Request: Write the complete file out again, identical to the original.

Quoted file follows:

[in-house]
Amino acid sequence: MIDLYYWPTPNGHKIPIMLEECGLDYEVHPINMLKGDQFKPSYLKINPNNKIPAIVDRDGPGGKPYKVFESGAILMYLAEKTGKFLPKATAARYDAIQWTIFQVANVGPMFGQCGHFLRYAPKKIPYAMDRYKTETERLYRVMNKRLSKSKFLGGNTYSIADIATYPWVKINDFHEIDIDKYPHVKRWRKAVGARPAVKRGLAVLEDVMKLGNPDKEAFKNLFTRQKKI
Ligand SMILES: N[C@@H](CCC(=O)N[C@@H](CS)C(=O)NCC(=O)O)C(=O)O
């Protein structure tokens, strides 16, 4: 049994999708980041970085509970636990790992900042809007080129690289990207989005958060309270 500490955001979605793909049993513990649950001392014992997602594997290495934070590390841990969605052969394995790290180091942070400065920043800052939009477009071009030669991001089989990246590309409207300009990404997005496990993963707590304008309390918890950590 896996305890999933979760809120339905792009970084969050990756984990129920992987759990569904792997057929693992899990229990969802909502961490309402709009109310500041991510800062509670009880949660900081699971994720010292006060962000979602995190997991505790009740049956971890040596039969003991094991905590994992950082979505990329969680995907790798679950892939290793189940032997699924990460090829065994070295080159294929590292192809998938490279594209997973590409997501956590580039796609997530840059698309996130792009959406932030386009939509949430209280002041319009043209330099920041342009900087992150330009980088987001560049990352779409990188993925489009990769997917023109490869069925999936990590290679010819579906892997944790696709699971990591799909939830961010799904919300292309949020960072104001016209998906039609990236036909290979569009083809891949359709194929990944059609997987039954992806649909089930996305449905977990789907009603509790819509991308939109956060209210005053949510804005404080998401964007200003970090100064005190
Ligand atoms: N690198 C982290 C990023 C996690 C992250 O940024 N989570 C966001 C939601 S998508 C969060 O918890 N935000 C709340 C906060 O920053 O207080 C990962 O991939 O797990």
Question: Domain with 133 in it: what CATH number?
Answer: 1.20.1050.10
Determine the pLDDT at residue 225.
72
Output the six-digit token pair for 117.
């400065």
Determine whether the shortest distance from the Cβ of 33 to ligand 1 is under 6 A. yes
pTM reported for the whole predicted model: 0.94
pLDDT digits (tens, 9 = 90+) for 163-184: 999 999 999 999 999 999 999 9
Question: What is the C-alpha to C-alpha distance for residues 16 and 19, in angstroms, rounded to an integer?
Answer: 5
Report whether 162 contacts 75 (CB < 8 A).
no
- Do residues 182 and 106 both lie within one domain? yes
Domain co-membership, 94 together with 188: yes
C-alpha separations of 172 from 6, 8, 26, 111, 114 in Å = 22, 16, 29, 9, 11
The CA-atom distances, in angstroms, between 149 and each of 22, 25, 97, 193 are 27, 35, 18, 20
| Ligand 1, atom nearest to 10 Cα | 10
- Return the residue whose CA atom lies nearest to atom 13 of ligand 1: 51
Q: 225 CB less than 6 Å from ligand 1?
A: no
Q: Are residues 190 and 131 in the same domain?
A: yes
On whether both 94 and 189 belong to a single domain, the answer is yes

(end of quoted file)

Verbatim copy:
[in-house]
Amino acid sequence: MIDLYYWPTPNGHKIPIMLEECGLDYEVHPINMLKGDQFKPSYLKINPNNKIPAIVDRDGPGGKPYKVFESGAILMYLAEKTGKFLPKATAARYDAIQWTIFQVANVGPMFGQCGHFLRYAPKKIPYAMDRYKTETERLYRVMNKRLSKSKFLGGNTYSIADIATYPWVKINDFHEIDIDKYPHVKRWRKAVGARPAVKRGLAVLEDVMKLGNPDKEAFKNLFTRQKKI
Ligand SMILES: N[C@@H](CCC(=O)N[C@@H](CS)C(=O)NCC(=O)O)C(=O)O
């Protein structure tokens, strides 16, 4: 049994999708980041970085509970636990790992900042809007080129690289990207989005958060309270 500490955001979605793909049993513990649950001392014992997602594997290495934070590390841990969605052969394995790290180091942070400065920043800052939009477009071009030669991001089989990246590309409207300009990404997005496990993963707590304008309390918890950590 896996305890999933979760809120339905792009970084969050990756984990129920992987759990569904792997057929693992899990229990969802909502961490309402709009109310500041991510800062509670009880949660900081699971994720010292006060962000979602995190997991505790009740049956971890040596039969003991094991905590994992950082979505990329969680995907790798679950892939290793189940032997699924990460090829065994070295080159294929590292192809998938490279594209997973590409997501956590580039796609997530840059698309996130792009959406932030386009939509949430209280002041319009043209330099920041342009900087992150330009980088987001560049990352779409990188993925489009990769997917023109490869069925999936990590290679010819579906892997944790696709699971990591799909939830961010799904919300292309949020960072104001016209998906039609990236036909290979569009083809891949359709194929990944059609997987039954992806649909089930996305449905977990789907009603509790819509991308939109956060209210005053949510804005404080998401964007200003970090100064005190
Ligand atoms: N690198 C982290 C990023 C996690 C992250 O940024 N989570 C966001 C939601 S998508 C969060 O918890 N935000 C709340 C906060 O920053 O207080 C990962 O991939 O797990």
Question: Domain with 133 in it: what CATH number?
Answer: 1.20.1050.10
Determine the pLDDT at residue 225.
72
Output the six-digit token pair for 117.
């400065």
Determine whether the shortest distance from the Cβ of 33 to ligand 1 is under 6 A. yes
pTM reported for the whole predicted model: 0.94
pLDDT digits (tens, 9 = 90+) for 163-184: 999 999 999 999 999 999 999 9
Question: What is the C-alpha to C-alpha distance for residues 16 and 19, in angstroms, rounded to an integer?
Answer: 5
Report whether 162 contacts 75 (CB < 8 A).
no
- Do residues 182 and 106 both lie within one domain? yes
Domain co-membership, 94 together with 188: yes
C-alpha separations of 172 from 6, 8, 26, 111, 114 in Å = 22, 16, 29, 9, 11
The CA-atom distances, in angstroms, between 149 and each of 22, 25, 97, 193 are 27, 35, 18, 20
| Ligand 1, atom nearest to 10 Cα | 10
- Return the residue whose CA atom lies nearest to atom 13 of ligand 1: 51
Q: 225 CB less than 6 Å from ligand 1?
A: no
Q: Are residues 190 and 131 in the same domain?
A: yes
On whether both 94 and 189 belong to a single domain, the answer is yes